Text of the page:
That’s the title of an article published at Opensource.com in June, 2019. It’s one that, in its original form at least, caused a little controversy as Ben Cotton notes.
But the question has been tugging gently at my brain since then. After unconsciously pondering what a Linux user is, my answer to the question is anyone who uses Linux.
That might be the techie, the hacker, the system administrator, or the developer. It might be an artist or writer. It might be a photographer, a musician, or a student. It might be you.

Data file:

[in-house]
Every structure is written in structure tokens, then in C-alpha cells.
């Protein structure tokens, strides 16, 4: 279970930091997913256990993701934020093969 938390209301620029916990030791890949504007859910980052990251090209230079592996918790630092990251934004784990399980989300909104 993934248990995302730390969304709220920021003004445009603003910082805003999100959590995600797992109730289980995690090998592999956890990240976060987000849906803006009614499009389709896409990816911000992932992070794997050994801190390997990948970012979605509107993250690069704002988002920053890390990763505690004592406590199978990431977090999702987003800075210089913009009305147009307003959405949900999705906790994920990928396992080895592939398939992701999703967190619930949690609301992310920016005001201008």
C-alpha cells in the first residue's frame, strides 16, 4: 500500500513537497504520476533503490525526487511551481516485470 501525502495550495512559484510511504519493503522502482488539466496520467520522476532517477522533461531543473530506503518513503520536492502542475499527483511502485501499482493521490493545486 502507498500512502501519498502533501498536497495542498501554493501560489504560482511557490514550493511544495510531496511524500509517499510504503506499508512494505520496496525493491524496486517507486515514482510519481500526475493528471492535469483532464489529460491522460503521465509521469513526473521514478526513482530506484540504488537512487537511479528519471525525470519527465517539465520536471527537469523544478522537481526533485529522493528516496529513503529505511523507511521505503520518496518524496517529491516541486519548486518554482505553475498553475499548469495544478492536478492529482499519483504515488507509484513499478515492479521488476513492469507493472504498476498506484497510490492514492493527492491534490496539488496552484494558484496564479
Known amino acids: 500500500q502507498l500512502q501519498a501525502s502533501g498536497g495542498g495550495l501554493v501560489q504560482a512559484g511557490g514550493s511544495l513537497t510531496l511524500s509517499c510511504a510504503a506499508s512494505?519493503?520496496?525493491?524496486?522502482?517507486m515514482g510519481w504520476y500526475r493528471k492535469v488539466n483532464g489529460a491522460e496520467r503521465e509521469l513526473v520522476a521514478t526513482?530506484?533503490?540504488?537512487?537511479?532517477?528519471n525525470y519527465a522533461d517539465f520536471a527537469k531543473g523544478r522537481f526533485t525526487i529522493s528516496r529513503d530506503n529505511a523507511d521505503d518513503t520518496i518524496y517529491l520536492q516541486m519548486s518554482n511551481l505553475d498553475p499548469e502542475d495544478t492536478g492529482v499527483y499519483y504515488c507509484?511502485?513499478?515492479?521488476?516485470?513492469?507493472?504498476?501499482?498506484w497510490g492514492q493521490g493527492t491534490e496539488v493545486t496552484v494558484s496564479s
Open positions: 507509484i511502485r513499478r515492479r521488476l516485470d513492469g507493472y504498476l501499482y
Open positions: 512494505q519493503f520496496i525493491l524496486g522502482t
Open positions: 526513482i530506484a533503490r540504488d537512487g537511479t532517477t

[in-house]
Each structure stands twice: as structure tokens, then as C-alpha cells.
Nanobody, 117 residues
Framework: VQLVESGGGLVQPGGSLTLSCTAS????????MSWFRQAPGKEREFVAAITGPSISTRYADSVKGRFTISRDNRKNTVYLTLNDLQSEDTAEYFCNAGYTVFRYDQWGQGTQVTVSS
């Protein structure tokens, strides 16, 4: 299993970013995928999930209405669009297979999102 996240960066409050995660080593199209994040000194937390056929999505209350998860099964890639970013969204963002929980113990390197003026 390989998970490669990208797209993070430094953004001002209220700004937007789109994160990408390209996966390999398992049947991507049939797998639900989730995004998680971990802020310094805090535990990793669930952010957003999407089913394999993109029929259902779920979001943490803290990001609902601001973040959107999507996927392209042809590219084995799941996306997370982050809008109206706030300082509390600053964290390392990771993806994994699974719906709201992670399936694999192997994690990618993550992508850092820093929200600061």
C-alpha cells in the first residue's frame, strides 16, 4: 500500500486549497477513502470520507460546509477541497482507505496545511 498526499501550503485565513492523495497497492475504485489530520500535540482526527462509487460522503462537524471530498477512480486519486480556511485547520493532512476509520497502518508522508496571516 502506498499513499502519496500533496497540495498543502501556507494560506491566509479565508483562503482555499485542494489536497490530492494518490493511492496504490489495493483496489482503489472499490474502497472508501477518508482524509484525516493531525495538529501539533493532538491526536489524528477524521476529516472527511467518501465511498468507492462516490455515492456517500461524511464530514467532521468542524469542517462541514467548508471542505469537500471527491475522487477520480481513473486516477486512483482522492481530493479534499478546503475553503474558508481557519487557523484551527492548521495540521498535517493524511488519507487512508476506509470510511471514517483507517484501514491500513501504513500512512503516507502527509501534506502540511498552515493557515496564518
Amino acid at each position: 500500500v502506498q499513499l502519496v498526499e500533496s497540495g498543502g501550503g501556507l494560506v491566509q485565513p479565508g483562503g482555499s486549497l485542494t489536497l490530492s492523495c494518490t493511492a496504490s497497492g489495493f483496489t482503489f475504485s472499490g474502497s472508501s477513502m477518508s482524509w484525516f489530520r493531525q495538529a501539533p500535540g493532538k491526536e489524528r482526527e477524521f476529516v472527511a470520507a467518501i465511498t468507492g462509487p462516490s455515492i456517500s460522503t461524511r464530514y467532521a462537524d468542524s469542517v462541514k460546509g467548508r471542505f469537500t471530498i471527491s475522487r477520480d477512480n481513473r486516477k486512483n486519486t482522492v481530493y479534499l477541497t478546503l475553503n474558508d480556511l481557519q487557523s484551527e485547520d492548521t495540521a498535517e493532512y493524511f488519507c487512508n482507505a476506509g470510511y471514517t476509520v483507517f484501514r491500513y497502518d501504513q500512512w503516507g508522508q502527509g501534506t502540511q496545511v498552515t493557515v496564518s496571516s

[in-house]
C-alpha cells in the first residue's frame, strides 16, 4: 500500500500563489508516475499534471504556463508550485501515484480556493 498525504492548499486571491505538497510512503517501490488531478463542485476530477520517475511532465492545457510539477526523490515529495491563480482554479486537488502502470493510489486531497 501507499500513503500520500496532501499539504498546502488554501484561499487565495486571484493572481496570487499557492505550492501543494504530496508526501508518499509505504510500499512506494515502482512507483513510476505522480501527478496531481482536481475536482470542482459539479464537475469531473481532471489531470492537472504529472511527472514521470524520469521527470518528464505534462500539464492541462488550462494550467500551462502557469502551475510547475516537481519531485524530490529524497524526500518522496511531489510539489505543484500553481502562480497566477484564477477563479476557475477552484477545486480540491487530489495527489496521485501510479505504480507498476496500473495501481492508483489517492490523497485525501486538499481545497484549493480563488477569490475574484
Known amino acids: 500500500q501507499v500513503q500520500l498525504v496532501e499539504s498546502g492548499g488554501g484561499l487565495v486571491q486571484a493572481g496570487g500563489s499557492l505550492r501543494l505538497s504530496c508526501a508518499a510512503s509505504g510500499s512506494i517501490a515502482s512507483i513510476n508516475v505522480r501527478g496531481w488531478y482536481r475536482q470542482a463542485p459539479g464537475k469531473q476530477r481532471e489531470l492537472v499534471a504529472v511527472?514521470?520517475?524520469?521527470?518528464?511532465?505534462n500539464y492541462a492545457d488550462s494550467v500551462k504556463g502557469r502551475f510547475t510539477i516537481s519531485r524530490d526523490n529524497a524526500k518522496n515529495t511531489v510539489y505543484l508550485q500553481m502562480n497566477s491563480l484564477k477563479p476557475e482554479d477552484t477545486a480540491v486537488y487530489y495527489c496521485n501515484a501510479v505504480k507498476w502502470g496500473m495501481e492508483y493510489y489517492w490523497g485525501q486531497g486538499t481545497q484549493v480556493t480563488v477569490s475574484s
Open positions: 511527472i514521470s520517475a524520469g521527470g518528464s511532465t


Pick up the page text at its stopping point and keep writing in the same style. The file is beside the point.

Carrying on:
The only thing that qualifies anyone as being a Linux user is their use of Linux, regardless of their distribution of choice. I know that’s blasphemous in some circles, even today. Those who swallow the power user fallacy will argue that unless you use, for example, pure Debian or Arch you aren’t doing it right.
It doesn’t matter if you use Ubuntu, Elementary, Fedora, Mint, Trisquel, or something else. It doesn’t matter if you never compile your own software or kernels. It doesn’t matter if you don’t fiddle with configuration files. The moment you log into a computer running Linux, you’re a Linux user.
Yes, it’s that simple.